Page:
Back in the day, Peter Kerr built this house on his estate and spent a lot of time creating an amazing garden. When he died in 1957, his daughters gave it to the Episcopal Diocese with the stipulation that the public could visit the grounds.
The Diocese has decided to sell the property, which means that if I wanted to see Elk Rock Garden (I’d been meaning to visit for 20 years) I’d better get going. The problem? It’s open Monday through Friday during the same hours I work.
My first plan was to visit on Martin Luther King Day in January, but that weekend became to busy. So President’s Day was my best bet.
The fancy house:
We haven’t had any February fake-out this year, so the garden is just beginning to wake up. There were a lot of budding things.
Here is the view from the upper edge of the property. I think the original parcel went all the way to the river.
An area for services.
The caretaker’s cottage. I spied a cat tree inside.
February isn’t quite peak moss month, but it’s close.
The seal on the gate.
Looking back at the house from the gardens.
I’m glad I got the opportunity to visit this garden. Hopefully the next owner will take delight in the gardens, or even keep them public.
Unfortunately we had to cancel In-Portland Vacation Restaurant Experience No. 2. I was very ill for about three hours on Sunday afternoon, and so we were not able to attend our tasting meal. I think the illness was probably food poisoning, but from food I made, not food the Firehouse Restaurant made. Matt ate the exact same thing as me at the Firehouse Restaurant and he was fine.
We also missed out on the Everett House, so no soaking for us during this vacation. But now we are back on track.
Matt wanted to introduce me to Carioca Bowls and so we got some before our movie. It was my first açaí bowl. My experience wasn’t great as I requested no bananas on the Ultra bowl I ordered. The clerk confirmed no bananas, then went in the back and made my bowl with bananas. When I reminded her no banana, she offered to remake the bowl. I suggested she just take off the bananas and she did, but there was also banana in the Ipa blend that was part of that bowl. She told me about it, and offered to remake the bowl, but we were headed off to pick up shave ice and I felt we didn’t have time. Also that maybe she should have thought of that and mentioned it when I ordered. I ate around the glop with the banana in it and Matt finished off my bowl.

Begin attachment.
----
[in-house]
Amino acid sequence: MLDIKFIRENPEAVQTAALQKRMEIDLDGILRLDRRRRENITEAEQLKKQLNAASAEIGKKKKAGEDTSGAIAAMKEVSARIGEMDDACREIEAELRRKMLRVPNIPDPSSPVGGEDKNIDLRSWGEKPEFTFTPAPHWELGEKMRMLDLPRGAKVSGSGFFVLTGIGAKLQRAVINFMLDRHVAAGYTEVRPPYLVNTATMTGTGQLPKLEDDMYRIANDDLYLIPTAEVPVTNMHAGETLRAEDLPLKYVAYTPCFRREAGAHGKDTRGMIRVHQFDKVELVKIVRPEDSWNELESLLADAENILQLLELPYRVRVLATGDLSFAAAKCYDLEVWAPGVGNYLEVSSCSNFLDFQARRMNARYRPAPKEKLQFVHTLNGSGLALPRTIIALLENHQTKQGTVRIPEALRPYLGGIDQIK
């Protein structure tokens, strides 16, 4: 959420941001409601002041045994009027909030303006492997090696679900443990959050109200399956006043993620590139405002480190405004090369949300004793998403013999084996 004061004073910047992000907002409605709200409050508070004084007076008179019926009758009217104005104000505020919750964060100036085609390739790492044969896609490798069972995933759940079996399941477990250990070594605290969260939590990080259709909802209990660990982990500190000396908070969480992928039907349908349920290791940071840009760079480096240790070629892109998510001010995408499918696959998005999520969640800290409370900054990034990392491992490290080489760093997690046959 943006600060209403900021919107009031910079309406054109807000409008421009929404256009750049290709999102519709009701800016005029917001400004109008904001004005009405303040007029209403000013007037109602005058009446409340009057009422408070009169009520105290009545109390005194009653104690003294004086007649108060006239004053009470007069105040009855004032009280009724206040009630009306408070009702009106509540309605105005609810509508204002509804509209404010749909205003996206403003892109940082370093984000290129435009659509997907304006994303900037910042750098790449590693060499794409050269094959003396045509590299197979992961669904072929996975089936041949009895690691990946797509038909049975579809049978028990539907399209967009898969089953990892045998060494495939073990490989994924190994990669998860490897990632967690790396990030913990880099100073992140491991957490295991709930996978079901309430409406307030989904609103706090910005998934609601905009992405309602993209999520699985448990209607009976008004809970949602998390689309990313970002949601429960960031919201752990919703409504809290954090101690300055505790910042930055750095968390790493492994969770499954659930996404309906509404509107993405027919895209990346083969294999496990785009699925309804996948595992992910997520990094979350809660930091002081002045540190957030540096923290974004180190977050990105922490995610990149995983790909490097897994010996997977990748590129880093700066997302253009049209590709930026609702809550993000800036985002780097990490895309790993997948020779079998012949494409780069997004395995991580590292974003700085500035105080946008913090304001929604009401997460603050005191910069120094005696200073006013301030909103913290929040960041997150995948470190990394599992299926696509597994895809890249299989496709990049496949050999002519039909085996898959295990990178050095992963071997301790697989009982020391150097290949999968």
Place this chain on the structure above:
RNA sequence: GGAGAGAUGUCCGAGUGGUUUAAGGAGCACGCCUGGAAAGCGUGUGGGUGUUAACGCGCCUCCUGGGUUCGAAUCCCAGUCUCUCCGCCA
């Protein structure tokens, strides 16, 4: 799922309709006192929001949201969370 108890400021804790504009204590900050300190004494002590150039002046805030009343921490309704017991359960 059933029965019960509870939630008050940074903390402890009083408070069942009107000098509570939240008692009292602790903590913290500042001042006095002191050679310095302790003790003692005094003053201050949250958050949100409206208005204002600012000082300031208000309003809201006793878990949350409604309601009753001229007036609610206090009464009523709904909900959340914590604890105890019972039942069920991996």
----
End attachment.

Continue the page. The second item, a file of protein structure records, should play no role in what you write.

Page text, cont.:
His order was a very big bowl and he quite enjoyed it.
Having experienced shave ice in Hawaii, we opted to make Waihua Shave Ice part of our day. We ordered online ahead of time and stopped by to pick up our shave ice.
While waiting, we discovered that I’m just the right height to wait in this particular spot.
I got the Almond Joy and it was delicious! Matt got Da Mango One and liked it. Unfortunately, he wasn’t able to each much due to eating 1.5 açaí bowls.
From there we headed to the Laurelhurst to see Vengance, which was the kind of film that we had things to discuss on the way home and the next day.
I took two days off of work, and on the first day I had a bunch of fun thing planned: a massage, exploring the shops on 42nd Street, a lunch out, and embroidery lesson. Plus biking to get to all those places. Alas, I did not take my real camera along, so I only have one picture from the day itself.
I admired this shop on 42nd, partially because the paint job looked so nice, and partially because it had been in business for more than 100 years.